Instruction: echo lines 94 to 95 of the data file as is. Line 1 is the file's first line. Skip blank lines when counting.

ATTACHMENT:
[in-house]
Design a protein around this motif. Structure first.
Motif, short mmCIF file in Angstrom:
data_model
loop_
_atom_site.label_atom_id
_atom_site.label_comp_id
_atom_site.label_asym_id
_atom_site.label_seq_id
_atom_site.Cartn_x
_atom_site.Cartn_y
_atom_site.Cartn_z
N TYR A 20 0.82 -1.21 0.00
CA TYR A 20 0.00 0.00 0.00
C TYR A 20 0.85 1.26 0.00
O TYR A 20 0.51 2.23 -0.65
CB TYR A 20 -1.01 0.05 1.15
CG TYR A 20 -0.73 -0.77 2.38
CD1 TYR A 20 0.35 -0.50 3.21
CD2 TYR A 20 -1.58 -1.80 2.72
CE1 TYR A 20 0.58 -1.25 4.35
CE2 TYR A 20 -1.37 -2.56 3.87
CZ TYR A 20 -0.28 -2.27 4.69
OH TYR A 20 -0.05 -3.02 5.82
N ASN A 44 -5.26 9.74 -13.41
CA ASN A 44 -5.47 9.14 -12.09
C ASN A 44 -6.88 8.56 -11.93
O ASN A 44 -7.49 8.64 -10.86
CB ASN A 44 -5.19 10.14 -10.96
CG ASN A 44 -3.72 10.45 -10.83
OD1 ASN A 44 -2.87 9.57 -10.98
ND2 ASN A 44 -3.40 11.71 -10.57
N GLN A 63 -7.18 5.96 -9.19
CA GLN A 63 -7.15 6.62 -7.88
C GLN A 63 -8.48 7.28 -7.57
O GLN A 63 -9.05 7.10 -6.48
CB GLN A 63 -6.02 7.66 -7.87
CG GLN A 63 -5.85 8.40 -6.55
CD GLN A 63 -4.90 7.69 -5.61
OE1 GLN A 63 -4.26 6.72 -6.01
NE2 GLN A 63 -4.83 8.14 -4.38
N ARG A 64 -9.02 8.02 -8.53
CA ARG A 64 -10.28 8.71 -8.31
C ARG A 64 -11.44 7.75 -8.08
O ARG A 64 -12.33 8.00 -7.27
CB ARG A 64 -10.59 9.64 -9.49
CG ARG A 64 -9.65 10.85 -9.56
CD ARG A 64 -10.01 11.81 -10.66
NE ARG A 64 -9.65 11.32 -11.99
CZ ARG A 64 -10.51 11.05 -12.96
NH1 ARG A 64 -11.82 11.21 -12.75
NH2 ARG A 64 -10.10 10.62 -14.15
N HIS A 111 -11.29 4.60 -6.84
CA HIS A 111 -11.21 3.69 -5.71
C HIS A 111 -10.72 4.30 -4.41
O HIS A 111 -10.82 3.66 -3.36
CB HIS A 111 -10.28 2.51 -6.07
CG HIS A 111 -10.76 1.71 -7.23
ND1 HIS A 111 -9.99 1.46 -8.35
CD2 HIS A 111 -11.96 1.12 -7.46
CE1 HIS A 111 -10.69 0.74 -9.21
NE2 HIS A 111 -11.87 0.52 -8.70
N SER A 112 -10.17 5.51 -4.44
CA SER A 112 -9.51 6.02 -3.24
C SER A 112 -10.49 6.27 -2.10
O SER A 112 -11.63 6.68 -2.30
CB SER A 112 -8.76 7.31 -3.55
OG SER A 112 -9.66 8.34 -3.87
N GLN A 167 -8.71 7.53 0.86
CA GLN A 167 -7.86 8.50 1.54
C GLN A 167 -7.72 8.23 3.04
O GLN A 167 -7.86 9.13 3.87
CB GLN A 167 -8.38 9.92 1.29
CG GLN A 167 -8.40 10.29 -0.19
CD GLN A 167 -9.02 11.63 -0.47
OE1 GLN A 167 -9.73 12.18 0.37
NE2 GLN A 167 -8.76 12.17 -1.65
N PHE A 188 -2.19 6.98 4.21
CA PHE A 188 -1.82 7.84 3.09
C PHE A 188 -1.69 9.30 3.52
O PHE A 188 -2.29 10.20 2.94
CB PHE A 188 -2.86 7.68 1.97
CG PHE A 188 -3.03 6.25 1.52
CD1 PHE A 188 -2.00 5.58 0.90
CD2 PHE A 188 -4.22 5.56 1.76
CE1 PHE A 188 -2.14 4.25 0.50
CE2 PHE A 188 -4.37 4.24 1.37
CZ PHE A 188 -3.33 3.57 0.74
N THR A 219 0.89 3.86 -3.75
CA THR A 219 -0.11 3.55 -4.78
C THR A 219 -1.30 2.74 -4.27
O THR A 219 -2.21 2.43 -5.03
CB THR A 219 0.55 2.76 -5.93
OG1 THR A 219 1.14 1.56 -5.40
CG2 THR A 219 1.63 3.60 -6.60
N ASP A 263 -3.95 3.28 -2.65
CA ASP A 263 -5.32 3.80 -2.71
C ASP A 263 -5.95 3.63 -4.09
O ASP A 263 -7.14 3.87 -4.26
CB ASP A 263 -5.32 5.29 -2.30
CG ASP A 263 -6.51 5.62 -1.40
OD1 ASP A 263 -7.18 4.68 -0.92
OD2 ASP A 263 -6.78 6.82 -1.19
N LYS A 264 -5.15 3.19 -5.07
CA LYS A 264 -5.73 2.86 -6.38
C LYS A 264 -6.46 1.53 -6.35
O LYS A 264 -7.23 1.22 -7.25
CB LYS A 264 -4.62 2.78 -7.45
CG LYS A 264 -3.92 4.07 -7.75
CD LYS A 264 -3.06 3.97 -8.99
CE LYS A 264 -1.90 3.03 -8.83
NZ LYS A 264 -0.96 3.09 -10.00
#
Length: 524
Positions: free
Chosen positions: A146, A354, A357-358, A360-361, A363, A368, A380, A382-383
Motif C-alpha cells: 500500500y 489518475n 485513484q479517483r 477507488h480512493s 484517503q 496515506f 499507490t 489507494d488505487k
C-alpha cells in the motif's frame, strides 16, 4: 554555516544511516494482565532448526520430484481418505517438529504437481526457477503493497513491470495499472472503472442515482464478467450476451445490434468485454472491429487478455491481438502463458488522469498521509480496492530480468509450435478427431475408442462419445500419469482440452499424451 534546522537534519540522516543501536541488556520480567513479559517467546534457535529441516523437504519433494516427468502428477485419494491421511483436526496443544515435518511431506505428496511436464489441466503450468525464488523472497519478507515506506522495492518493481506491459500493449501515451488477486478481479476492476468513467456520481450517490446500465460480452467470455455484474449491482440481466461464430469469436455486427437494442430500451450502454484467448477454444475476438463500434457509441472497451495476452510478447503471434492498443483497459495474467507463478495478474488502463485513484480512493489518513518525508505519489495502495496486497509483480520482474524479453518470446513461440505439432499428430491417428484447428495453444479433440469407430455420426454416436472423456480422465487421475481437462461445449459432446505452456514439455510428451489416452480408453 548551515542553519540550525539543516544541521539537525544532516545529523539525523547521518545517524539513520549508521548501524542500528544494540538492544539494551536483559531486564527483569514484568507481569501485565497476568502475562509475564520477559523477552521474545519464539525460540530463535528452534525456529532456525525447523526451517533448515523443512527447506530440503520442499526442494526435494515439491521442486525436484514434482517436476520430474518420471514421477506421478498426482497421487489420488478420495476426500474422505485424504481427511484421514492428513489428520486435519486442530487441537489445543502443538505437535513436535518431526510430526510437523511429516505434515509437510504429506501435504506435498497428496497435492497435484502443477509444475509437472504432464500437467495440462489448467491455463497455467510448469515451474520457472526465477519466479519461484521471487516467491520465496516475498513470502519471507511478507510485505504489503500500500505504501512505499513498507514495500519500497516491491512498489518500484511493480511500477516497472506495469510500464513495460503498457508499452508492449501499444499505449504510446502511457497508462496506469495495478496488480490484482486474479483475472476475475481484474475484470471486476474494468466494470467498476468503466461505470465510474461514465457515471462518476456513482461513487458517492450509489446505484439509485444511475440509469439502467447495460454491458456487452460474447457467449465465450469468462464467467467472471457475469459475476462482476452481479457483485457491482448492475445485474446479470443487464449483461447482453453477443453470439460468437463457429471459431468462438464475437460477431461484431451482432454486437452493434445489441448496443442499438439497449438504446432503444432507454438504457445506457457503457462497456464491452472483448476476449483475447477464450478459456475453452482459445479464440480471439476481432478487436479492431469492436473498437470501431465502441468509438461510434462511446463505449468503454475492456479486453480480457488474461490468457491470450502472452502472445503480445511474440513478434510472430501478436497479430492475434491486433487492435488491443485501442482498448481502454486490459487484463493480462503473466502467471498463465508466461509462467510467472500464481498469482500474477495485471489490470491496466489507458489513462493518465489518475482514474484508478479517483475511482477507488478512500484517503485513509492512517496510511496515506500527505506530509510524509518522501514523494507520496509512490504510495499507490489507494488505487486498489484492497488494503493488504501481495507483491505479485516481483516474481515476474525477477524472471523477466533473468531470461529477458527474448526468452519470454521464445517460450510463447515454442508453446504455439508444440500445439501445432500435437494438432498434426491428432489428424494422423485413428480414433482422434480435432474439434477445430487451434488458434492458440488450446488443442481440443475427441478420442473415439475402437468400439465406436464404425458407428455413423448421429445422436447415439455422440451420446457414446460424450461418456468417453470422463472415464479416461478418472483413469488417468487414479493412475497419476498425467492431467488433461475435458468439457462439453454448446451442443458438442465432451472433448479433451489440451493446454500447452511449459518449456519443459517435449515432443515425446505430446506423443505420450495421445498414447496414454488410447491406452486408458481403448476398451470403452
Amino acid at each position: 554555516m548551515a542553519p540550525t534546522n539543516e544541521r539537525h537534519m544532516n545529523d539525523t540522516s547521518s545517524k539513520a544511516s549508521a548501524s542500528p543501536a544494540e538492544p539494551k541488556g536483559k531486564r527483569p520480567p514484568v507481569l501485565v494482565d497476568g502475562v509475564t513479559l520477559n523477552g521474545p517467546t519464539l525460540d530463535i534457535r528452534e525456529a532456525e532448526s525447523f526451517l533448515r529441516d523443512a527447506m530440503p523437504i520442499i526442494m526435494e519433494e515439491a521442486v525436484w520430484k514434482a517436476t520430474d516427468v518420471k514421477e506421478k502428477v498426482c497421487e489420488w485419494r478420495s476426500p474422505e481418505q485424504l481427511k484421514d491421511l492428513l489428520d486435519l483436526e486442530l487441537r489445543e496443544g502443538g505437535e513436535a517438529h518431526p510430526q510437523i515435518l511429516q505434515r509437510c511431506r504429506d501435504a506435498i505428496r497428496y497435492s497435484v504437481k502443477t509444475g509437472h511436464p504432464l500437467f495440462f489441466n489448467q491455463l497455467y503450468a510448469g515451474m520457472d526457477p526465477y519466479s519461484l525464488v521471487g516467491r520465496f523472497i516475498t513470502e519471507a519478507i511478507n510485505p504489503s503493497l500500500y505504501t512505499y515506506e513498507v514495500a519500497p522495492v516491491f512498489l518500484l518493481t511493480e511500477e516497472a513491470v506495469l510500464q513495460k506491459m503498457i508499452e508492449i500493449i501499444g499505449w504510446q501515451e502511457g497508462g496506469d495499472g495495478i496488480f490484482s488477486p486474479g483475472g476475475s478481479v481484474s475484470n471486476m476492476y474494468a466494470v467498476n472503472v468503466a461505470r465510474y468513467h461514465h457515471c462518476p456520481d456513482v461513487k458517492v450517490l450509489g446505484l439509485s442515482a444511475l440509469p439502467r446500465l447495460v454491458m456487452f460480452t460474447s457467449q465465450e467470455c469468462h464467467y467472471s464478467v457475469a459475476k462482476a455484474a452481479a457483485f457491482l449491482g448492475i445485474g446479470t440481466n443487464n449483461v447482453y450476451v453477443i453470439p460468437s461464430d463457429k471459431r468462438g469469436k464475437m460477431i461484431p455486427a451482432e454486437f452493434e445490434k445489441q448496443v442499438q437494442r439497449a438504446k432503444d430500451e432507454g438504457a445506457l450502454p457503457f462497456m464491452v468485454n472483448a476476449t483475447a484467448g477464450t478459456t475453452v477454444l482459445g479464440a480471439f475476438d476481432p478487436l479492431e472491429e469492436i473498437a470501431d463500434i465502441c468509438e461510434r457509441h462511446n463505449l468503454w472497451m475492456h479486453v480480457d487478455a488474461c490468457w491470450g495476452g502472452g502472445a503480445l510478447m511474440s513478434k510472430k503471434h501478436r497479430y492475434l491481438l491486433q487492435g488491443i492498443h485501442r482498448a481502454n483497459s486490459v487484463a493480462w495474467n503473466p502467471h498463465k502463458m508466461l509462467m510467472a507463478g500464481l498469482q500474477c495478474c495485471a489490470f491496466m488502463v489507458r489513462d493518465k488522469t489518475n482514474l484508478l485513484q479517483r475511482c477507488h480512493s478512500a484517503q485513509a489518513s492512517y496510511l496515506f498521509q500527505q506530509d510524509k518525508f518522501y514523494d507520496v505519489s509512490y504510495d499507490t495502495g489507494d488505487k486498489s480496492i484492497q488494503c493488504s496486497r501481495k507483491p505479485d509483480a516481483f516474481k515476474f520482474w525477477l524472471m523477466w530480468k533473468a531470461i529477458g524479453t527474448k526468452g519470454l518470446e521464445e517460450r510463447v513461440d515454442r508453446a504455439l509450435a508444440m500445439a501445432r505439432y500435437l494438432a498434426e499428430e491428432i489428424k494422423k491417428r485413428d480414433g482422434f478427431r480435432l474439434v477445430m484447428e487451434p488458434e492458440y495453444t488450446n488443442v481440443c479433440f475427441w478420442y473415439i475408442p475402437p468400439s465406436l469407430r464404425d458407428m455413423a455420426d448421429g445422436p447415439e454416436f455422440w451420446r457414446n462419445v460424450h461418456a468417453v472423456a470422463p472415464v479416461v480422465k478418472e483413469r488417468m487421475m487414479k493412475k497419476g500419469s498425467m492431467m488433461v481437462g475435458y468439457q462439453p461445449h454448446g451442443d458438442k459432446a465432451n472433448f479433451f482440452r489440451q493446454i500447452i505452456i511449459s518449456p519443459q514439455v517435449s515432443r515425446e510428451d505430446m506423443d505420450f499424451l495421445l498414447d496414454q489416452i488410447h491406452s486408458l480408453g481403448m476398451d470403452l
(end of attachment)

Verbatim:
OG1 THR A 219 1.14 1.56 -5.40
CG2 THR A 219 1.63 3.60 -6.60